skip navigation

PUBLICATIONS

Register for Latest Research

Stay Informed
Register with NCJRS to receive NCJRS's biweekly e-newsletter JUSTINFO and additional periodic emails from NCJRS and the NCJRS federal sponsors that highlight the latest research published or sponsored by the Office of Justice Programs.

NCJRS Abstract

The document referenced below is part of the NCJRS Virtual Library collection. To conduct further searches of the collection, visit the Virtual Library. See the Obtain Documents page for direction on how to access resources online, via mail, through interlibrary loans, or in a local library.

 

NCJ Number: 235618 Find in a Library
Title: Tackling Organised Crime Through a Partnership Approach at the Local Level: A Process Evaluation
Author(s): Lauren van Staden; Samantha Leahy-Harland; Eva Gottschalk
Date Published: July 2011
Page Count: 46
Sponsoring Agency: Great Britain Home Office
Croydon, CR9 3RR, England
Publication Number: ISBN 978-1-84987-545-5
Sale Source: Great Britain Home Office
Information and Publications Group
Room 1308, Apollo House
36 Wellesley Road
Croydon, CR9 3RR,
United Kingdom
Document: PDF
Type: Program/Project Evaluation
Format: Book (Softbound); Document (Online)
Language: English
Country: United Kingdom
Annotation: This report presents the main findings of a process evaluation of the 12 pilot sites in England and Wales that implemented Community Safety Partnerships (CSPs) as a means of countering organized crime.
Abstract: The pilot areas described the local organized crime problems as consisting of gang activity and the distribution of illegal drugs. In most of the pilot areas, the police were responsible for administering the program in the early stages of implementation; however, a common perception of interviewed stakeholders was that in order for the pilots to be maintained and improved over time, an equal balance of responsibility across partners was needed as the process matured. The way in which partnership approaches evolved in each site varied significantly. Still, approaches in the pilot areas tended to have four components in common. These were the identification of organized-crime targets, the engagement of partners, the sharing of information among partners, and partnership activity based on shared information. Regarding strategies for developing partnerships, two areas adapted existing partnership structures; four areas introduced new partnership arrangements that focused on targeted organized-crime enterprises; four built partnerships around existing strategies for countering organized crime; and two sites built a partnership from existing arrangements for Integrated Offender Management. Details are provided on the identification of targets, information sharing, taking action against targets, and perceived benefits of the partnership approach. The report recommends the creation of a toolkit for partnerships that outlines the role of different partners in countering organized crime at the local level. It also recommends the creation of a standardized information-sharing protocol template that can be adapted for use by local areas. In addition, consideration should be given to additional research on how the pilot program will be implemented when a partnership approach is introduced across force areas. 28 references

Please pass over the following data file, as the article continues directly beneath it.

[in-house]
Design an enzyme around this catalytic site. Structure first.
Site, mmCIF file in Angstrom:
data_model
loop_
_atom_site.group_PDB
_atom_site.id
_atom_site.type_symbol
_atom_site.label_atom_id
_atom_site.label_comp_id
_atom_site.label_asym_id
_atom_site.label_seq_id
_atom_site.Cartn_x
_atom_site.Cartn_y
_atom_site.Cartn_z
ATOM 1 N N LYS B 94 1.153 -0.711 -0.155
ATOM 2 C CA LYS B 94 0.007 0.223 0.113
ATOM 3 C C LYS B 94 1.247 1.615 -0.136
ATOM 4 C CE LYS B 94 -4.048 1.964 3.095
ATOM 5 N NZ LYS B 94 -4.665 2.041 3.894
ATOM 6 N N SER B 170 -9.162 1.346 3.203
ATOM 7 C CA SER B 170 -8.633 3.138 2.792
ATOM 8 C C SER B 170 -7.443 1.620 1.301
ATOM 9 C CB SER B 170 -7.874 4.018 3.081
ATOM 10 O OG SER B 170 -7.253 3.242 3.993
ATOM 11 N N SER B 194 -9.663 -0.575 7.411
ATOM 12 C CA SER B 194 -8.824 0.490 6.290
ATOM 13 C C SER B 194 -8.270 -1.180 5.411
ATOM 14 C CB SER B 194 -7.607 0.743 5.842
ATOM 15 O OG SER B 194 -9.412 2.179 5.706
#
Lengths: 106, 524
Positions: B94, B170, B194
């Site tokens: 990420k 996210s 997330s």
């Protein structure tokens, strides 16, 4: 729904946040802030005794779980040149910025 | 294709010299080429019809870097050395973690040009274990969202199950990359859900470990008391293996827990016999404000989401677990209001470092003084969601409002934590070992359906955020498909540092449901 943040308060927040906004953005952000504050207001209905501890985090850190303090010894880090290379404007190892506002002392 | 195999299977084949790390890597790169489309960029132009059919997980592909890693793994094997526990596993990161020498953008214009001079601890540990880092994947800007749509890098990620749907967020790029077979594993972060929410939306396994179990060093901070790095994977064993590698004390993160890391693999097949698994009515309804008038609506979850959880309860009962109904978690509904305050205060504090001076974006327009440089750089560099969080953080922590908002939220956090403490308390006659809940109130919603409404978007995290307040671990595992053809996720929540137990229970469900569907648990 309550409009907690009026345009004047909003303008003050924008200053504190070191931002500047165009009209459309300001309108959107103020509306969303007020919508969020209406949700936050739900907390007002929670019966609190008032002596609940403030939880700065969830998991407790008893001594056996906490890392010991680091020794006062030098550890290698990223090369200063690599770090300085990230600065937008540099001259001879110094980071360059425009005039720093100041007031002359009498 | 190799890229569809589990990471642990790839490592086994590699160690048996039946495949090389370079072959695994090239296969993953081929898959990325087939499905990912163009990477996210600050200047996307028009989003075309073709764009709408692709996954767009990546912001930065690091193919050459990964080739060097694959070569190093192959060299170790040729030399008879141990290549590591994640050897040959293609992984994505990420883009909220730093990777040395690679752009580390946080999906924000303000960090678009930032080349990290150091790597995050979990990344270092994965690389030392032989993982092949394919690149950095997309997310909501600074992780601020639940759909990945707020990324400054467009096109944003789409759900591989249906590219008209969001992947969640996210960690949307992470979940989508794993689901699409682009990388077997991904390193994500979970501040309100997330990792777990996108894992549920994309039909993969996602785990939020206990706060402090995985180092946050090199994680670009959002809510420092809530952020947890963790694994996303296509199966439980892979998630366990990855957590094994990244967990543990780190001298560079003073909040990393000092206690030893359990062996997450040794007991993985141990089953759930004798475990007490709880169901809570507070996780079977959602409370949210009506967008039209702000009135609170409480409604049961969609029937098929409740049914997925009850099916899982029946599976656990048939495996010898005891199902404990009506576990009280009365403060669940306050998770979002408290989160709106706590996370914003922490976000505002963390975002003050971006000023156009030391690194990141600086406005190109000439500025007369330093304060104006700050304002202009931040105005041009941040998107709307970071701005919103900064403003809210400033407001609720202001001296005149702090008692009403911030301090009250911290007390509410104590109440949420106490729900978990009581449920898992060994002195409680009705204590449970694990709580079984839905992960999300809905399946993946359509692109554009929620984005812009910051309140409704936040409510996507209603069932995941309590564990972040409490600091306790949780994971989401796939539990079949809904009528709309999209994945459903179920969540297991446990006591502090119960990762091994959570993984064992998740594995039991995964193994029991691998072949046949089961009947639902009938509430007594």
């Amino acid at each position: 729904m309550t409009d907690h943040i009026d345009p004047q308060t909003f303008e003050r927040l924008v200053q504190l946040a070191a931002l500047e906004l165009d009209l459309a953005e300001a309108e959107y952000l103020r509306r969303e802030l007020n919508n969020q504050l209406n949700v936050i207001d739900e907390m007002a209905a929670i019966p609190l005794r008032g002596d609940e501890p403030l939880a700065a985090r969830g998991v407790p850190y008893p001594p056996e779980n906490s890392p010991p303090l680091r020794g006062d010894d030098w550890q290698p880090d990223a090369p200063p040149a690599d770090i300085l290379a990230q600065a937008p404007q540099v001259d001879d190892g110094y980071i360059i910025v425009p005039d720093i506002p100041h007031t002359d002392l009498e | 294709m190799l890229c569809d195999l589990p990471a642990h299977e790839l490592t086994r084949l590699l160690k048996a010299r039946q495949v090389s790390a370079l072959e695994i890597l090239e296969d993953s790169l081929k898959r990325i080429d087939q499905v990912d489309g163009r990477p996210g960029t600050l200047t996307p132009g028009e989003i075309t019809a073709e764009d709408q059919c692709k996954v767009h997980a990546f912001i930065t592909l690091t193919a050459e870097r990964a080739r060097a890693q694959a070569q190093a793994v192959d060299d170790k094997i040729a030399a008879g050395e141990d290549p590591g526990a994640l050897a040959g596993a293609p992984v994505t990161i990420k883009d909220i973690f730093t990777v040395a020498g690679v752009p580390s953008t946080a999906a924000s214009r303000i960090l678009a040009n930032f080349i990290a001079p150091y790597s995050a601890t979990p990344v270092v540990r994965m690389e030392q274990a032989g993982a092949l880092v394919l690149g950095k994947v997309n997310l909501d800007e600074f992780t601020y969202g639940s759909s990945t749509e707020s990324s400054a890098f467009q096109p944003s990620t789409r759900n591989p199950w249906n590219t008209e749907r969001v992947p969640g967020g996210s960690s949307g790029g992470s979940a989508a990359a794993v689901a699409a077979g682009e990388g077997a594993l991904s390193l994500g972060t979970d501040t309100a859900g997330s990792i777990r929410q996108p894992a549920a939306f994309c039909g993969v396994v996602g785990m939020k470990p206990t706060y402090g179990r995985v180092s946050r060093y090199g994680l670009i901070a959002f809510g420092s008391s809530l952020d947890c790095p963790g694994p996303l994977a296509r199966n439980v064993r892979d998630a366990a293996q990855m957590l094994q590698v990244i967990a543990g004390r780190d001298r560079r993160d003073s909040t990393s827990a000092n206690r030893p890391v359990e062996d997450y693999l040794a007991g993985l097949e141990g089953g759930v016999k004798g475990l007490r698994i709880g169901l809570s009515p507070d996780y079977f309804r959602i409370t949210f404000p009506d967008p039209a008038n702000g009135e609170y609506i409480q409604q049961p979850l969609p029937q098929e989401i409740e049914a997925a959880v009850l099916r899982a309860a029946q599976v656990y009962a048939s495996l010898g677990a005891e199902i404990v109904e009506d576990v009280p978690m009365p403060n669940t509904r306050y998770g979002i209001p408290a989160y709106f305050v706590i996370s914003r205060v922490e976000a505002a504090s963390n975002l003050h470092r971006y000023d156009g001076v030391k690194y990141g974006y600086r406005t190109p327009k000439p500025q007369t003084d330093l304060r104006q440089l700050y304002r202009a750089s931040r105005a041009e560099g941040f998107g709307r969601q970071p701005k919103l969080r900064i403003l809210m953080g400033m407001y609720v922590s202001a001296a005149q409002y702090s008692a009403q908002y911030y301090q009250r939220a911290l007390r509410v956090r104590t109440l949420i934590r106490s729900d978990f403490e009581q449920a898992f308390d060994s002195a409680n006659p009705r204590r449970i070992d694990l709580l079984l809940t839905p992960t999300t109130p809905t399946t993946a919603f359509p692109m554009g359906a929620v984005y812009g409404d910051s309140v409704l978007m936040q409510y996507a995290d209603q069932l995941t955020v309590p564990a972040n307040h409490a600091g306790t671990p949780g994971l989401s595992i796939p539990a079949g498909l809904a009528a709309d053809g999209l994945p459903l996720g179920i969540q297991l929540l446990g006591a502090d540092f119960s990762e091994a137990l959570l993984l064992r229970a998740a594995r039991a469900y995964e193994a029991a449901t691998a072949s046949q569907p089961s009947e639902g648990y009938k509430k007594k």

Main Term(s): Foreign drug law enforcement
Index Term(s): England; Gang involvement in organized crime; Interagency cooperation; Local criminal justice systems; Organized crime; Organized crime control units; Organized crime prevention; Program implementation; Wales
Note: Home Office Research Report 56
To cite this abstract, use the following link:
http://www.ncjrs.gov/App/publications/abstract.aspx?ID=257599

*A link to the full-text document is provided whenever possible. For documents not available online, a link to the publisher's website is provided. Tell us how you use the NCJRS Library and Abstracts Database - send us your feedback.